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Commodity ETFs rallied sharply higher on Wednesday after the US Federal Reserve (Fed) said it would leave its quantitative easing programme unchanged, a policy largely seen as supporting commodity prices.
Following comments from Fed Chairman Ben Bernanke in May, investors had priced in some degree of ‘tapering’, the term coined by Bernanke to describe a gradual unwinding of the stimulus programme.
The decision by the Fed not to reduce the amount of bond purchases each month therefore came as a big surprise.
It appears the Fed was concerned by recent fiscal tightening, namely rising Treasury yields, which were largely caused by Bernanke’s comments in May. All the talk of tapering seems to have delayed the real thing.
Not surprisingly, most risk assets reacted positively to the announcement, but gold and oil, in particular, experienced a strong bounce, with the SPDR Gold Shares (GLD), the world’s largest gold ETF, adding 4.5% and the United States Oil Fund (USO), the word’s largest oil ETF, adding 2.4%.
According to Ole Hansen, Head of Commodity Strategy at Saxo Bank: “Crude oil rallied yesterday before and after the surprise taper delay announcement from the US FOMC meeting. The continued injection of liquidity suppressed the US dollar thereby lifting the general investment outlook for commodities”.
But while commodity ETFs have enjoyed a spike because of the apparent deferral of tapering, Edith Southammakosane, a senior analyst at ETF Securities, a leading provider of exchange-traded commodities (ETCs), reckons commodity investors have nothing to fear from tapering.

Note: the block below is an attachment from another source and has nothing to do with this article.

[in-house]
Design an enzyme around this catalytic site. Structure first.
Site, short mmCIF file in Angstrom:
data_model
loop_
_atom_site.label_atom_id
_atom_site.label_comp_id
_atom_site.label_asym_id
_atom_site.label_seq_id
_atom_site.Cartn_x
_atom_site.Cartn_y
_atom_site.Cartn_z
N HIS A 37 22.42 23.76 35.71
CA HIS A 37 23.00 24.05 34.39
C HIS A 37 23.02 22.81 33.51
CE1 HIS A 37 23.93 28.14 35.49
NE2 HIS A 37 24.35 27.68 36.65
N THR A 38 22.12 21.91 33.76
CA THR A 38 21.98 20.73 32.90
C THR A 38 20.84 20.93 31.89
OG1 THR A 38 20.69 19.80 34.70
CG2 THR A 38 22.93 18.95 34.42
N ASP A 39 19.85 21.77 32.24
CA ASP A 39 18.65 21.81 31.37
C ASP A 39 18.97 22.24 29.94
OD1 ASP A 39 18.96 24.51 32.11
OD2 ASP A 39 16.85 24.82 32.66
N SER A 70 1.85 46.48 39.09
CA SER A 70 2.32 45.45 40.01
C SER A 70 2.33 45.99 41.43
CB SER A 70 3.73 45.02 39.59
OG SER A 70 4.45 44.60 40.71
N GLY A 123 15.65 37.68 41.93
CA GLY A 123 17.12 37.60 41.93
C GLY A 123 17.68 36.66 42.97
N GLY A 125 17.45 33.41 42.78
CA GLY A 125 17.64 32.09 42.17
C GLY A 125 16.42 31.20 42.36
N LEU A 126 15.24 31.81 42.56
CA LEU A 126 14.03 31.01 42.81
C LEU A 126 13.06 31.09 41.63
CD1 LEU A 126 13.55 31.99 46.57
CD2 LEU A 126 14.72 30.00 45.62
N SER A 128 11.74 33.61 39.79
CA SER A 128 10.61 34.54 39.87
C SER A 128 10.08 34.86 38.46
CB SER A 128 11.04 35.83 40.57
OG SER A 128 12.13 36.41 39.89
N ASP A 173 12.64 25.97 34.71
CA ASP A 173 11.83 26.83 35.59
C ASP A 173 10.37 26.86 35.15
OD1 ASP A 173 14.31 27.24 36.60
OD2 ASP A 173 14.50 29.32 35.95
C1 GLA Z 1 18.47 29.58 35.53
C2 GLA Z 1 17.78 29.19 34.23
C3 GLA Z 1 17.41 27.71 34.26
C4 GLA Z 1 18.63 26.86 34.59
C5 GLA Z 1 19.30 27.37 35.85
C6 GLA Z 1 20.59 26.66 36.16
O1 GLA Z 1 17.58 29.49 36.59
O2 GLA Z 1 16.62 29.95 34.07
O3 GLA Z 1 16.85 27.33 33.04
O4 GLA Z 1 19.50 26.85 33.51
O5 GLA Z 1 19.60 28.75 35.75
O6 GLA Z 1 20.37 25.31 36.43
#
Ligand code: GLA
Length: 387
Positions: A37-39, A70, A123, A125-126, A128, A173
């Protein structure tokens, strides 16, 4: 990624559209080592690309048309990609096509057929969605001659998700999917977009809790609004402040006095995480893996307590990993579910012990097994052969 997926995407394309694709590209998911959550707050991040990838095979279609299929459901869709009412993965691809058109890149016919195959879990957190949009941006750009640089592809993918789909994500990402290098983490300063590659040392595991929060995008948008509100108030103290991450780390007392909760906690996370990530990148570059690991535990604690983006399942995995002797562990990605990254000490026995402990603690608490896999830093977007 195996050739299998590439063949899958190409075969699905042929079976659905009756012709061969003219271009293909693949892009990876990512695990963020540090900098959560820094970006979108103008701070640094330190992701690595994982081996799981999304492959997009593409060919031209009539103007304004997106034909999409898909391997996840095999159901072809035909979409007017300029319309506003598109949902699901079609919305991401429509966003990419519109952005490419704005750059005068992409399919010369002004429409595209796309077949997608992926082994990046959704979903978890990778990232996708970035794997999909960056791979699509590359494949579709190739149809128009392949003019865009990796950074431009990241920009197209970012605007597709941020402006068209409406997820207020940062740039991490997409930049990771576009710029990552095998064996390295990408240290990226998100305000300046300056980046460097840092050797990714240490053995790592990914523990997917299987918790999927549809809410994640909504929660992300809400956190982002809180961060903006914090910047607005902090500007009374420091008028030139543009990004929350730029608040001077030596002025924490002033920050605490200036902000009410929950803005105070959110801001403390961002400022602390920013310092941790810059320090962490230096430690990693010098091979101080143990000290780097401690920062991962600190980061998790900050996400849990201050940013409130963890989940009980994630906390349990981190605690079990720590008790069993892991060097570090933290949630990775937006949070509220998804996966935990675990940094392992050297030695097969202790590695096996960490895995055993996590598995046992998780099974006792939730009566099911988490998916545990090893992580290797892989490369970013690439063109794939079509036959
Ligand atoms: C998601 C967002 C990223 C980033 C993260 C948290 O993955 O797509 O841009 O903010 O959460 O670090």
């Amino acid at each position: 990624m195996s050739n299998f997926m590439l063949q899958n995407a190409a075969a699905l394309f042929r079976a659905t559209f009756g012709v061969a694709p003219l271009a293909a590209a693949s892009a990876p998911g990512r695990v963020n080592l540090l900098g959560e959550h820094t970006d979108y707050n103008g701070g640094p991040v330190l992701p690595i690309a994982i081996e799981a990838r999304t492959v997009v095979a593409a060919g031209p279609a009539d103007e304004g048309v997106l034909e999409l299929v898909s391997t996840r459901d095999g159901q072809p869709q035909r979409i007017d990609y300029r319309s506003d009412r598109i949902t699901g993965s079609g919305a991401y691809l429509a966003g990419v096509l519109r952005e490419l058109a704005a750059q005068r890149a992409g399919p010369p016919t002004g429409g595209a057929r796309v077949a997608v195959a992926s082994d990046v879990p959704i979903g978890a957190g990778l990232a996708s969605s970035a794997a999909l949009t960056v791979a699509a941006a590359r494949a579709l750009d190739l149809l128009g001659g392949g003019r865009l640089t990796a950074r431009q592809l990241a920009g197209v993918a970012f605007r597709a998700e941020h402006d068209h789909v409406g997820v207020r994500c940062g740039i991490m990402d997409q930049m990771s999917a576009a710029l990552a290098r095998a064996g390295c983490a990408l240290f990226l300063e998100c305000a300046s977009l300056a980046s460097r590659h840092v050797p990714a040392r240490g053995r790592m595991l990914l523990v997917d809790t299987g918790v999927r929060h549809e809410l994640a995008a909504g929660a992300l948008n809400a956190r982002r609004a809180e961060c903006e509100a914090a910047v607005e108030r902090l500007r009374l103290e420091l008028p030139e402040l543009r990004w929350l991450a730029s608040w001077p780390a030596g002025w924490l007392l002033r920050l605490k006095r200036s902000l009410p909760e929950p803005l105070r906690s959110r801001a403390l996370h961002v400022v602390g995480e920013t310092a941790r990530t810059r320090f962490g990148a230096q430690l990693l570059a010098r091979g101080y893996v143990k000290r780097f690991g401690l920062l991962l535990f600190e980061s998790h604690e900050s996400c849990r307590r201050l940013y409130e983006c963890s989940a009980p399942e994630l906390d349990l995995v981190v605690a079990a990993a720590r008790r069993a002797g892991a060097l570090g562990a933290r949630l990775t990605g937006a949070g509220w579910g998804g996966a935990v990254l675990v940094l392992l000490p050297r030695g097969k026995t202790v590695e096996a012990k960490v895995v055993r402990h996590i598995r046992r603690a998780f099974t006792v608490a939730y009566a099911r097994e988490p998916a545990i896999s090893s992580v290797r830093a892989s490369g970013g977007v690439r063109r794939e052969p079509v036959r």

According to Southammakosane: “Although the financial market has positively welcomed yesterday FOMC’s outcome, the decision to taper is only postponed for later this year depending on the strength of activity. However, we believe that tapering itself should have limited impact on commodity prices as the Fed’s bond-buying stimulus will remain at a historically high level. Indeed, the tapering of bond purchases is in response to the on-going recovery of the US economy, and alongside robust Chinese demand and an improvement in European conditions, should continue to support demand for cyclical commodities such as industrial metals or energy.”
Investors looking for a broad commodity ETF have literally dozens of products to choose from. Among the most popular, in terms of European listed funds, include the db X-trackers DBLCI-OY Balanced UCITS ETF (XDBG), the iShares Dow Jones-UBS Commodity Swap (DE) (EXXY), the ETFS All Commodities DJ-UBSCI (AGCP), the LGIM Commodity Composite Source UCITS ETF (LGCU) and the RBS Market Access Rogers International Commodity Index ETF (RICI).
For a smart beta play on commodities, investors could consider the recently launched Ossiam Risk Weighted Enhanced Commodity ex. Grains TR UCITS ETF (CRWU) from smart beta specialists Ossiam.